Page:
Is every star different?

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Stars. Illustration copyrighted.

Even though there are more than 1022 known stars in the universe, each one is unique. No two stars have exactly the same properties. This may sound like guesswork, since we have analyzed very few stars in detail, but the conclusion is a certainty.

A star has so many variables in its makeup that the probability of two identical stars is zero. These variables include the total number of atoms, exact chemical composition, size, temperature, and motion. Some stars show obvious color and brightness differences. Others require spectroscopic study to detect their particular identity or fingerprint.

Similarly, it is also true that every snowflake, blade of grass, and grain of sand is unique. They may all look alike but they’re not identical. On the microscopic level there is practically an infinite number of ways to arrange atoms. Snowflake. Illustration copyrighted.Even a single snowflake, for example, has about 1020 atoms to arrange within itself!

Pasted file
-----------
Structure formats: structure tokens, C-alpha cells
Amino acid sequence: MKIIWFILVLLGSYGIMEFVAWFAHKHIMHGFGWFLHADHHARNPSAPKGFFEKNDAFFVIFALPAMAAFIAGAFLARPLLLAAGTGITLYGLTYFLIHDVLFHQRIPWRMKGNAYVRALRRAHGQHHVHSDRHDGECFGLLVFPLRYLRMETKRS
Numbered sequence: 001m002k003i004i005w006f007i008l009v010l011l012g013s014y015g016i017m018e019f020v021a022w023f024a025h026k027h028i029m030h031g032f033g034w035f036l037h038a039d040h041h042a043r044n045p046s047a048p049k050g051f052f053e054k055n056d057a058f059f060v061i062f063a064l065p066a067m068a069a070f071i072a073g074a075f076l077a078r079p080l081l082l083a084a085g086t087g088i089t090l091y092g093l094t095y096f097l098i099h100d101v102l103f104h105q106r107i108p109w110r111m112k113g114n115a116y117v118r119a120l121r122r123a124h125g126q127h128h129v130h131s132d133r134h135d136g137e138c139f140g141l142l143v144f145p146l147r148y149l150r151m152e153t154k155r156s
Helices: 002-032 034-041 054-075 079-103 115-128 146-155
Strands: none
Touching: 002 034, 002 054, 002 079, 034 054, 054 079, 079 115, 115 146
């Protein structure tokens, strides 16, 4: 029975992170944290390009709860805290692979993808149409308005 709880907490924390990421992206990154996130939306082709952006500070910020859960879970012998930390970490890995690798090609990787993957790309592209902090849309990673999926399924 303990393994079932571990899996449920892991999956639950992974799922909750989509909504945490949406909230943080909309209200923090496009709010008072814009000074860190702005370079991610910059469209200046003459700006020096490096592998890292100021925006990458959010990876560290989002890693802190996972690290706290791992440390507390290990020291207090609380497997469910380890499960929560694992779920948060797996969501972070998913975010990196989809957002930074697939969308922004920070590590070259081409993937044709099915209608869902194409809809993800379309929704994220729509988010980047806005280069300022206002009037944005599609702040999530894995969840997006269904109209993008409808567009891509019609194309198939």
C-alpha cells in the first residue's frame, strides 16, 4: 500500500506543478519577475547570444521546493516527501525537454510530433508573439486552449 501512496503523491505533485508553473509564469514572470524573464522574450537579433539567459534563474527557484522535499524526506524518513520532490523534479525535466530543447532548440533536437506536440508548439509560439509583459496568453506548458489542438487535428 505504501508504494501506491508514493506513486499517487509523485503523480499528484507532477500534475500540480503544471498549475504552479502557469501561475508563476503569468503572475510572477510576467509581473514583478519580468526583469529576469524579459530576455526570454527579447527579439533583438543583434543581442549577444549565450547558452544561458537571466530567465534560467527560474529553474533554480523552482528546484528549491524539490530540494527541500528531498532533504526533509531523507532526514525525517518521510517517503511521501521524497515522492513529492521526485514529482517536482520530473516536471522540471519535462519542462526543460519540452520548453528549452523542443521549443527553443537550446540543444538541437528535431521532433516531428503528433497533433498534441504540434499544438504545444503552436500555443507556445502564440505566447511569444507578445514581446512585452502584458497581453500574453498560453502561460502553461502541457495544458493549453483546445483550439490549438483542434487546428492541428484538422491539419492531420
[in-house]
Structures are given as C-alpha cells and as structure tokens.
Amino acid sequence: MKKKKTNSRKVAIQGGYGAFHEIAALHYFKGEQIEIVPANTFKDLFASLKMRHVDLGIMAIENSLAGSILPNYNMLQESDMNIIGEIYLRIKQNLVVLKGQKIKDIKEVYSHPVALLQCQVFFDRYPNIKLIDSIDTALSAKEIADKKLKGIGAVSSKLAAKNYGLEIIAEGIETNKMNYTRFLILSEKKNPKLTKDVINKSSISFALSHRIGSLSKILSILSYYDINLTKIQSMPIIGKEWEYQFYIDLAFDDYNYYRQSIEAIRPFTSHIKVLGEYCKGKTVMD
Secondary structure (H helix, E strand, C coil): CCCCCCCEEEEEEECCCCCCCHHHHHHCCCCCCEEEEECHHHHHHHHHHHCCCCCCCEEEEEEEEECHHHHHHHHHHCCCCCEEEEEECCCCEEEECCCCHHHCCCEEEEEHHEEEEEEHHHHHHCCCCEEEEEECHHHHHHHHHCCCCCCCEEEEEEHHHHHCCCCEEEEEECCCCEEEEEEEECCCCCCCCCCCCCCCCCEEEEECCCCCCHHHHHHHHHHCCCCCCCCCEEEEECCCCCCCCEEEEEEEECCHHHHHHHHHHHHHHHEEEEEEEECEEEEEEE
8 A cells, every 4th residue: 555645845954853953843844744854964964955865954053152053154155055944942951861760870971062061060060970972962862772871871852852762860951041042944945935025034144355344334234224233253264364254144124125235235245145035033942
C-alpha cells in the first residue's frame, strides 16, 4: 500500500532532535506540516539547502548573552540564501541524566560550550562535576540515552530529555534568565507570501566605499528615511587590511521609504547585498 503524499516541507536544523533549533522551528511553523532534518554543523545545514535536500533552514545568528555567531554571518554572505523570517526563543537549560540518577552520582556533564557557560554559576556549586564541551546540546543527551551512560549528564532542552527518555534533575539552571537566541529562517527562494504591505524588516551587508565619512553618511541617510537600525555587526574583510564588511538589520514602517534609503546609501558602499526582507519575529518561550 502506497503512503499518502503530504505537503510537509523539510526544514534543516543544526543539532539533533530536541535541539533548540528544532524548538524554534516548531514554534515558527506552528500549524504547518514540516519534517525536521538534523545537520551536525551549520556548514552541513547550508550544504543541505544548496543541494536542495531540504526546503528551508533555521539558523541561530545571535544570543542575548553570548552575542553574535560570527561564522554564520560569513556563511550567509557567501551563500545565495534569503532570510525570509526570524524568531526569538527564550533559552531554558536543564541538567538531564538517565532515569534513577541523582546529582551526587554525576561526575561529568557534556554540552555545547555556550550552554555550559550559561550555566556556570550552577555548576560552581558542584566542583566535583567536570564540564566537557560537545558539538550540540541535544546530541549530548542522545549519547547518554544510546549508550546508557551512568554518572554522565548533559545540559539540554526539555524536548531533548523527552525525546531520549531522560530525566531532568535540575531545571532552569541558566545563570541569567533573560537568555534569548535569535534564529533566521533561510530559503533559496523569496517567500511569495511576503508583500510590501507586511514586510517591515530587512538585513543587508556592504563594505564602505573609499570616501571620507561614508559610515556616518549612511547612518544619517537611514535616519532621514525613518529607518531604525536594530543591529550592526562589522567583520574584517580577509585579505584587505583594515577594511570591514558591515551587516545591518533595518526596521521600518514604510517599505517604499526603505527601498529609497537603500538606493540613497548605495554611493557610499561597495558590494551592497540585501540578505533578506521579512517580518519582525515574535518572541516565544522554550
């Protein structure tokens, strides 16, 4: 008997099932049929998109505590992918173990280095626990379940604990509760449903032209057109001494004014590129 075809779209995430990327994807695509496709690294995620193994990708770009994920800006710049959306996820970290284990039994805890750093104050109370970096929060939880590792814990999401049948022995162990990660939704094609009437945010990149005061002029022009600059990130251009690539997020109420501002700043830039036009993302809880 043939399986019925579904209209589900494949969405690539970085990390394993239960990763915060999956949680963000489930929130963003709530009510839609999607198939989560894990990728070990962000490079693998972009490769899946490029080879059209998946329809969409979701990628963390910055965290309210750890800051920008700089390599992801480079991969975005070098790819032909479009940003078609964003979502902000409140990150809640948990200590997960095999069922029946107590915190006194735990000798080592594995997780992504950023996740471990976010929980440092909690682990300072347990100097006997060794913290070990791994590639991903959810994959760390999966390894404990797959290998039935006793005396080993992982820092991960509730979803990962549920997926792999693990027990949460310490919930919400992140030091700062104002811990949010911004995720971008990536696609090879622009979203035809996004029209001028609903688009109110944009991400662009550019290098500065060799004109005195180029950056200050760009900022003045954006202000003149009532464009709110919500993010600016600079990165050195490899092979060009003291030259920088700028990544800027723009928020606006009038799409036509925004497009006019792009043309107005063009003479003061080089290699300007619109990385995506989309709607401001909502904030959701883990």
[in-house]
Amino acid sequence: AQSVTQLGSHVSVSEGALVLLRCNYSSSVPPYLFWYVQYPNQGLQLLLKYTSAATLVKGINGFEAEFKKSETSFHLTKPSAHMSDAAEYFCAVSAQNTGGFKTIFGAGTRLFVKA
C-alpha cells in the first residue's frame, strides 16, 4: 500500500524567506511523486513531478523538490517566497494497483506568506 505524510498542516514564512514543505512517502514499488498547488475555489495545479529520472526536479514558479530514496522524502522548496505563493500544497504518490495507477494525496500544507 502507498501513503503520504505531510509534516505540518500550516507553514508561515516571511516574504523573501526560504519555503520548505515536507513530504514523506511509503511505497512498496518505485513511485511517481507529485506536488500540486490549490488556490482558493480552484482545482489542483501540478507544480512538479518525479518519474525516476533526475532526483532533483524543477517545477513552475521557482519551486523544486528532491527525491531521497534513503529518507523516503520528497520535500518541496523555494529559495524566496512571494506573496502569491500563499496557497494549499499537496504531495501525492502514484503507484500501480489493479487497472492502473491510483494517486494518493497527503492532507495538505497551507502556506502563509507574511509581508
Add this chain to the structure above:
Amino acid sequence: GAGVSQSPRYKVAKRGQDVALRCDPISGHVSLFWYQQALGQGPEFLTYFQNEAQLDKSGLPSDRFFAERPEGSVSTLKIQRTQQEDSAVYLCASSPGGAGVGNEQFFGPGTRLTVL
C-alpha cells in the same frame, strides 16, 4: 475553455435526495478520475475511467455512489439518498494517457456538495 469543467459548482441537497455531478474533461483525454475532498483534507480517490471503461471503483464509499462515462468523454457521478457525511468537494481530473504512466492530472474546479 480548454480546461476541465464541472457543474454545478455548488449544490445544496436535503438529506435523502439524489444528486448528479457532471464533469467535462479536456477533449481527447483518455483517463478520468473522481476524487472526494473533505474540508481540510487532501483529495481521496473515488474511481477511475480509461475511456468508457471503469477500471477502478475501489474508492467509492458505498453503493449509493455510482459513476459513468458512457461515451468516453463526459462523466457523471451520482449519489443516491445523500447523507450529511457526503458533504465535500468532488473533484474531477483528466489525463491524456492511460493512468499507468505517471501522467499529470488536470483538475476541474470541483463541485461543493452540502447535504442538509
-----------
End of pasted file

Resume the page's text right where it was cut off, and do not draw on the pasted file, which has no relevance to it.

Every individual object in the universe, no matter how large or small, shows God’s distinct creative glory and artistry. The same is also true, of course, for every person on Earth.

Author: Dr. Donald B. DeYoung - adapted from Astronomy and the Bible: Questions and Answers, 2nd Edition (Grand Rapids, Michigan: Baker Books, 2000), 176 pp.

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